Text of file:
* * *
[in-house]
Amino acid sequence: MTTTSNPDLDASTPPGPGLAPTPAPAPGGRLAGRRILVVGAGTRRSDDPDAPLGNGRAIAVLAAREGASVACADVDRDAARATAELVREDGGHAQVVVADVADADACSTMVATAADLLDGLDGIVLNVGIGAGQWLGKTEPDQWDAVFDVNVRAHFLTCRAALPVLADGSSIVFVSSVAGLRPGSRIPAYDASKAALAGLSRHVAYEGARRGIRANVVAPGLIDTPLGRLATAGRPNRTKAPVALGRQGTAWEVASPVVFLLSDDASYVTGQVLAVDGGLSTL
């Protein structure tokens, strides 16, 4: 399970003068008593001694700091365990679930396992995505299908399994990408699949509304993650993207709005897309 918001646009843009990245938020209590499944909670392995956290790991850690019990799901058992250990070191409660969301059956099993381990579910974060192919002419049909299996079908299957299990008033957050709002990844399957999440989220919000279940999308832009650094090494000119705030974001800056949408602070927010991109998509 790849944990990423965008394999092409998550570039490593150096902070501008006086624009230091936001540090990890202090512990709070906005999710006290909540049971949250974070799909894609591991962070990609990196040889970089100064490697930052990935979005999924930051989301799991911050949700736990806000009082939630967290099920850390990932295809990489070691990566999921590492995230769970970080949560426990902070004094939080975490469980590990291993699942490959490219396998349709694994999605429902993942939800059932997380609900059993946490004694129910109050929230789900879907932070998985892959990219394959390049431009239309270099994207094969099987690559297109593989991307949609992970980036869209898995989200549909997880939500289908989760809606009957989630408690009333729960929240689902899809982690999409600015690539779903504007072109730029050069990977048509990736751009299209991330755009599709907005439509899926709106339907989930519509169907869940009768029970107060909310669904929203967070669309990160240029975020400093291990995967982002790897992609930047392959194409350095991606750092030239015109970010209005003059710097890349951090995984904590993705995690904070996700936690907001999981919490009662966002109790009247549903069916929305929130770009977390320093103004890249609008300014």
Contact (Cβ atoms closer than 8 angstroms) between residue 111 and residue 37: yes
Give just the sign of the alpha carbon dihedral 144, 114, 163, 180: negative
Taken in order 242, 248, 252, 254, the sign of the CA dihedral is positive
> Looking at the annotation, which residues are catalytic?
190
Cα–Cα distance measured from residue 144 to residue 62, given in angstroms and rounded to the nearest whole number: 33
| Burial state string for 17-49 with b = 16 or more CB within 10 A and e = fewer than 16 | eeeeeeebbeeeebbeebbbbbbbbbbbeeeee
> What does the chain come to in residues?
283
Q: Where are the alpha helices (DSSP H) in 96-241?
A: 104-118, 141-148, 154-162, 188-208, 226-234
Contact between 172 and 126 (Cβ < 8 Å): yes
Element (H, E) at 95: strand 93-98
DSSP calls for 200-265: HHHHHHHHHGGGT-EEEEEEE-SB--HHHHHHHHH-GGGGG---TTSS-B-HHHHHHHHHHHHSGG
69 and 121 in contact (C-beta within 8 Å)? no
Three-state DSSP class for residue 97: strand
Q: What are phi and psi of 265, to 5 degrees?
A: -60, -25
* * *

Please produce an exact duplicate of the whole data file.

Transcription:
[in-house]
Amino acid sequence: MTTTSNPDLDASTPPGPGLAPTPAPAPGGRLAGRRILVVGAGTRRSDDPDAPLGNGRAIAVLAAREGASVACADVDRDAARATAELVREDGGHAQVVVADVADADACSTMVATAADLLDGLDGIVLNVGIGAGQWLGKTEPDQWDAVFDVNVRAHFLTCRAALPVLADGSSIVFVSSVAGLRPGSRIPAYDASKAALAGLSRHVAYEGARRGIRANVVAPGLIDTPLGRLATAGRPNRTKAPVALGRQGTAWEVASPVVFLLSDDASYVTGQVLAVDGGLSTL
């Protein structure tokens, strides 16, 4: 399970003068008593001694700091365990679930396992995505299908399994990408699949509304993650993207709005897309 918001646009843009990245938020209590499944909670392995956290790991850690019990799901058992250990070191409660969301059956099993381990579910974060192919002419049909299996079908299957299990008033957050709002990844399957999440989220919000279940999308832009650094090494000119705030974001800056949408602070927010991109998509 790849944990990423965008394999092409998550570039490593150096902070501008006086624009230091936001540090990890202090512990709070906005999710006290909540049971949250974070799909894609591991962070990609990196040889970089100064490697930052990935979005999924930051989301799991911050949700736990806000009082939630967290099920850390990932295809990489070691990566999921590492995230769970970080949560426990902070004094939080975490469980590990291993699942490959490219396998349709694994999605429902993942939800059932997380609900059993946490004694129910109050929230789900879907932070998985892959990219394959390049431009239309270099994207094969099987690559297109593989991307949609992970980036869209898995989200549909997880939500289908989760809606009957989630408690009333729960929240689902899809982690999409600015690539779903504007072109730029050069990977048509990736751009299209991330755009599709907005439509899926709106339907989930519509169907869940009768029970107060909310669904929203967070669309990160240029975020400093291990995967982002790897992609930047392959194409350095991606750092030239015109970010209005003059710097890349951090995984904590993705995690904070996700936690907001999981919490009662966002109790009247549903069916929305929130770009977390320093103004890249609008300014």
Contact (Cβ atoms closer than 8 angstroms) between residue 111 and residue 37: yes
Give just the sign of the alpha carbon dihedral 144, 114, 163, 180: negative
Taken in order 242, 248, 252, 254, the sign of the CA dihedral is positive
> Looking at the annotation, which residues are catalytic?
190
Cα–Cα distance measured from residue 144 to residue 62, given in angstroms and rounded to the nearest whole number: 33
| Burial state string for 17-49 with b = 16 or more CB within 10 A and e = fewer than 16 | eeeeeeebbeeeebbeebbbbbbbbbbbeeeee
> What does the chain come to in residues?
283
Q: Where are the alpha helices (DSSP H) in 96-241?
A: 104-118, 141-148, 154-162, 188-208, 226-234
Contact between 172 and 126 (Cβ < 8 Å): yes
Element (H, E) at 95: strand 93-98
DSSP calls for 200-265: HHHHHHHHHGGGT-EEEEEEE-SB--HHHHHHHHH-GGGGG---TTSS-B-HHHHHHHHHHHHSGG
69 and 121 in contact (C-beta within 8 Å)? no
Three-state DSSP class for residue 97: strand
Q: What are phi and psi of 265, to 5 degrees?
A: -60, -25